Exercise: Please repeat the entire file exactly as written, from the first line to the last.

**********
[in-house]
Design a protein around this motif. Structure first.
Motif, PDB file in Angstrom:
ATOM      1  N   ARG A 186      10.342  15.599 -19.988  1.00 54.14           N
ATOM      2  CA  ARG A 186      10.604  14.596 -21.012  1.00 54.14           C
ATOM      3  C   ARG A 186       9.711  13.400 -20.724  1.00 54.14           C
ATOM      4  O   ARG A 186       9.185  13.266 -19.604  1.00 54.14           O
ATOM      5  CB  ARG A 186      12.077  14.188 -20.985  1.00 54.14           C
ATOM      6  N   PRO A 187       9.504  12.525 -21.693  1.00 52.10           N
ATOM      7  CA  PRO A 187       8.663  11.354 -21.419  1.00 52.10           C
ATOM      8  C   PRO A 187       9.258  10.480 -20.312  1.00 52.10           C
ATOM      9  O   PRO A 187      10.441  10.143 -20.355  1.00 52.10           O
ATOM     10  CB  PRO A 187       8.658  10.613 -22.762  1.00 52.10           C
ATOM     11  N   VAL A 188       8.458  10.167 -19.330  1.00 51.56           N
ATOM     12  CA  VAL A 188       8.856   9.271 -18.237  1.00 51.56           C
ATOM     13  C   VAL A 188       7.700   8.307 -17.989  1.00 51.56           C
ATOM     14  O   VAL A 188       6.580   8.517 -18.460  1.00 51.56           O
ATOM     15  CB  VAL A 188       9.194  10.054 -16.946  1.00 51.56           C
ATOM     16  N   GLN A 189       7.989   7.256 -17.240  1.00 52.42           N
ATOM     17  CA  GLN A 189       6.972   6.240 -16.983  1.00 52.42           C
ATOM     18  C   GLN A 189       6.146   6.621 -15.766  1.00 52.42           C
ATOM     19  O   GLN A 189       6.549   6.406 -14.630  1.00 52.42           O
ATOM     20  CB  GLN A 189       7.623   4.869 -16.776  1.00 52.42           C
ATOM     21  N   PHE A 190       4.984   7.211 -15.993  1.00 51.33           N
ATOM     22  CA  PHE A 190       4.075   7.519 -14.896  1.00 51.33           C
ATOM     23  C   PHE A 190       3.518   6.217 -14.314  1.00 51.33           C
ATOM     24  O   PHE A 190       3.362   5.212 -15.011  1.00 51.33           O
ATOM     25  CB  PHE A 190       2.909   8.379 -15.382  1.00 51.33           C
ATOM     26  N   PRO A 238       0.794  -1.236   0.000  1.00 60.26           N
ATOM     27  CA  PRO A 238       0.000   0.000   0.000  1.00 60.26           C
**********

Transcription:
[in-house]
Design a protein around this motif. Structure first.
Motif, PDB file in Angstrom:
ATOM      1  N   ARG A 186      10.342  15.599 -19.988  1.00 54.14           N
ATOM      2  CA  ARG A 186      10.604  14.596 -21.012  1.00 54.14           C
ATOM      3  C   ARG A 186       9.711  13.400 -20.724  1.00 54.14           C
ATOM      4  O   ARG A 186       9.185  13.266 -19.604  1.00 54.14           O
ATOM      5  CB  ARG A 186      12.077  14.188 -20.985  1.00 54.14           C
ATOM      6  N   PRO A 187       9.504  12.525 -21.693  1.00 52.10           N
ATOM      7  CA  PRO A 187       8.663  11.354 -21.419  1.00 52.10           C
ATOM      8  C   PRO A 187       9.258  10.480 -20.312  1.00 52.10           C
ATOM      9  O   PRO A 187      10.441  10.143 -20.355  1.00 52.10           O
ATOM     10  CB  PRO A 187       8.658  10.613 -22.762  1.00 52.10           C
ATOM     11  N   VAL A 188       8.458  10.167 -19.330  1.00 51.56           N
ATOM     12  CA  VAL A 188       8.856   9.271 -18.237  1.00 51.56           C
ATOM     13  C   VAL A 188       7.700   8.307 -17.989  1.00 51.56           C
ATOM     14  O   VAL A 188       6.580   8.517 -18.460  1.00 51.56           O
ATOM     15  CB  VAL A 188       9.194  10.054 -16.946  1.00 51.56           C
ATOM     16  N   GLN A 189       7.989   7.256 -17.240  1.00 52.42           N
ATOM     17  CA  GLN A 189       6.972   6.240 -16.983  1.00 52.42           C
ATOM     18  C   GLN A 189       6.146   6.621 -15.766  1.00 52.42           C
ATOM     19  O   GLN A 189       6.549   6.406 -14.630  1.00 52.42           O
ATOM     20  CB  GLN A 189       7.623   4.869 -16.776  1.00 52.42           C
ATOM     21  N   PHE A 190       4.984   7.211 -15.993  1.00 51.33           N
ATOM     22  CA  PHE A 190       4.075   7.519 -14.896  1.00 51.33           C
ATOM     23  C   PHE A 190       3.518   6.217 -14.314  1.00 51.33           C
ATOM     24  O   PHE A 190       3.362   5.212 -15.011  1.00 51.33           O
ATOM     25  CB  PHE A 190       2.909   8.379 -15.382  1.00 51.33           C
ATOM     26  N   PRO A 238       0.794  -1.236   0.000  1.00 60.26           N
ATOM     27  CA  PRO A 238       0.000   0.000   0.000  1.00 60.26           C